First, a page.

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A project of Jazz Appreciation Month, KNKX and Jazz24 celebrate highly regarded jazz creators who continue to inspire.

A self-taught pianist, Joanne Brackeen has played with the best

A woman with short gray hair wearing a black turtleneck sweater and hat softly smiles at the camera.
Carol Friedman
Joanne Brackeen
Pianist and composer Joanne Brackeen.

Joanne Brackeen is a composer and pianist who has played jazz with the best — and been hugely successful at it. She learned to play jazz improv at a young age and Art Blakey referred to her as his "adopted daughter."

A full-time professor at the Berklee College of Music in Boston, Brackeen continues to teach and, as she says, learn from music students.

Brackeen was self-taught at a young age by listening to records and working things out on her piano. She played in a Glen Miller-style big band and was paid to play the school dances – making good gig money as a young teen.

Then she hooked up with a fellow-classmate, Jo Ann Castle, who ended up playing piano on The Lawrence Welk Show. The duo played out in restaurants and clubs.

Brackeen loved the bandstand and even after winning a music education scholarship, she prioritized playing live music over school class time. In an interview with KNKX earlier this year, she explained why she skipped classes:

“For me, it wasn’t interesting because I already knew what they were teaching, all I had to do was just know what they called it. And I thought ‘I don’t think I have time just to learn the names of things – I can already play them and I can already teach them myself with - just by sound.”

So she quit everything except the piano lessons – keeping them because she said she enjoyed the challenge of classical piano.

And the live game served her well.

Because of her good grades she was able to talk her way into creating her own schedule, continuing to work and be paid as a professional to perform. A rare feat for a woman in the 1950’s.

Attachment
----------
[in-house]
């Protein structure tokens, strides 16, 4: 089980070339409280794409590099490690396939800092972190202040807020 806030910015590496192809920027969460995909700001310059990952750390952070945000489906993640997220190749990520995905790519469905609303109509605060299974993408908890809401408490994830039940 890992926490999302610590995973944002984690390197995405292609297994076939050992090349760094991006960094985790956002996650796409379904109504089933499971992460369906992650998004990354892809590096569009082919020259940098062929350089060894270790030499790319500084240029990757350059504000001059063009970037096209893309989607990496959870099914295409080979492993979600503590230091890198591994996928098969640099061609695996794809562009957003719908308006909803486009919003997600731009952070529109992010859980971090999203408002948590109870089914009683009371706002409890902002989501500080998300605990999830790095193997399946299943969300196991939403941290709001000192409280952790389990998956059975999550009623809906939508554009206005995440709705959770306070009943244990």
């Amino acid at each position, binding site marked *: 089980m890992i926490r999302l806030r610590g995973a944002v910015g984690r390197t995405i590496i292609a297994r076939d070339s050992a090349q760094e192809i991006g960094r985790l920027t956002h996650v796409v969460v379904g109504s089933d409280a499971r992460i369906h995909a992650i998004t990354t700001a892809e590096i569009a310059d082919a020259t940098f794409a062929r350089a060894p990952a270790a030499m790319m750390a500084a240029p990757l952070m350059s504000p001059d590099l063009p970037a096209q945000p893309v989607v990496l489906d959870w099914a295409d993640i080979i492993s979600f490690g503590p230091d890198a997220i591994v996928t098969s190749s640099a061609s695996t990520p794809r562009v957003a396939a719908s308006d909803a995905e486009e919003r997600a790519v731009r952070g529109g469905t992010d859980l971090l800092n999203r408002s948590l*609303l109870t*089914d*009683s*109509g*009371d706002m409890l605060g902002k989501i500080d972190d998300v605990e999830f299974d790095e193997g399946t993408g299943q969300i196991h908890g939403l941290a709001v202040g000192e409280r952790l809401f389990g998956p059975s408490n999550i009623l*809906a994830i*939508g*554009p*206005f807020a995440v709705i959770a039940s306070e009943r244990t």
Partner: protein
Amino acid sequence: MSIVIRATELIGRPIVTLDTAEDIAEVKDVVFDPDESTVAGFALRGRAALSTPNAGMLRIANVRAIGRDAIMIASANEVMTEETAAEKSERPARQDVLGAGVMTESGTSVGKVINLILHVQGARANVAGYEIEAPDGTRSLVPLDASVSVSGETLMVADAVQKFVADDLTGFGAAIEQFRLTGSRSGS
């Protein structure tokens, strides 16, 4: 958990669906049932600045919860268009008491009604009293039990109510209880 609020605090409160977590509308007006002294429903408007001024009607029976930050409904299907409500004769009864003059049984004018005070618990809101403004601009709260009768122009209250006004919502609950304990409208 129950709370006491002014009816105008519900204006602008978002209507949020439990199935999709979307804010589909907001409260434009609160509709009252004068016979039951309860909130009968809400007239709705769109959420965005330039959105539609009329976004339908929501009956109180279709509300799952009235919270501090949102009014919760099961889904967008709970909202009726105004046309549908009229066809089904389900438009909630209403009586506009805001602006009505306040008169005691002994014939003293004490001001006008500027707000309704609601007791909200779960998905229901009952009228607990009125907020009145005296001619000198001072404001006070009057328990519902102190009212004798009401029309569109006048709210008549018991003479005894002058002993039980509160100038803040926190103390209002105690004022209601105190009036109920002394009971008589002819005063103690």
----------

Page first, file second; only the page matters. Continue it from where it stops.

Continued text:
“You have to play at least 10 percent higher than any man plays. You have to know more. That’s what I tell the women," Brackeen said. "Because if I tell them that, then they get a picture of what they need to do – it’s not even that that’s a truth or not a truth. There’s not that many women as compared to men.”

She married saxophonist Charles Brackeen and had four children. They moved from California to New York City – the epicenter for jazz. She eased the stress of raising children by escaping to jazz clubs at night, which landed her with an unexpected jazz hook-up.

On one of those "escapes" from family life to live music is when she got her first big shot with Art Blakey.

The pianist on the bandstand at famed jazz spot Slugs wasn’t playing, so Brackeen approached the stage and boldly asked to play. The pianist stepped aside and after the set, Blakey asked her back. She became the only female member of the Jazz Messengers:

“He (Blakey) would just get up and announce sometimes on the microphone and talk about it anytime he felt like it – “this is my adopted daughter.” I didn’t think too much about it until I started thinking about it and I said 'wow' - he was the only person I knew who, that said things that when I looked I just saw that everywhere. So I don’t know how he knew I said it because we didn’t talk that much but I guess maybe from the playing.”

Brackeen’s athletic playing matches Blakey’s stroke for stroke.

In New York City, Brackeen played with saxophonists Joe Henderson and Stan Getz and led a trio and quartet that featured players including bassist John Patitucci, and drummers Jack DeJohnette and Billy Hart.

Brackeen also toured extensively and has traveled to over 46 countries playing jazz. She became known as a great solo player and innovator.

Her travels created some of her most memorable stories.

She joined Getz in Cuba in the '60s even when there was a threat to the tour’s safety due to the Kennedy-era trade embargo. But it was well worth the risk according to Brackeen who said she found her people playing her music:

“And I heard the music that I’d been hearing in my head...I don’t know 2 or 3 years old I don’t know. It was like 'wow I finally met some people that are playing the music that I really hear in the color and the way that I hear' and so that was incredible.”

Brackeen’s impressive career has included performing at Carnegie Hall, recording over 20 albums as a lead musician, and composing over 100 tunes.

In 2018, she was named a NEA Jazz Master.

Paige Hansen has been heard on radio station 88.5 KNKX-FM for over 20 years where she’s hosted news & jazz. You can currently hear her hosting jazz weekdays & Sundays. She is also an active musician, writer and singer.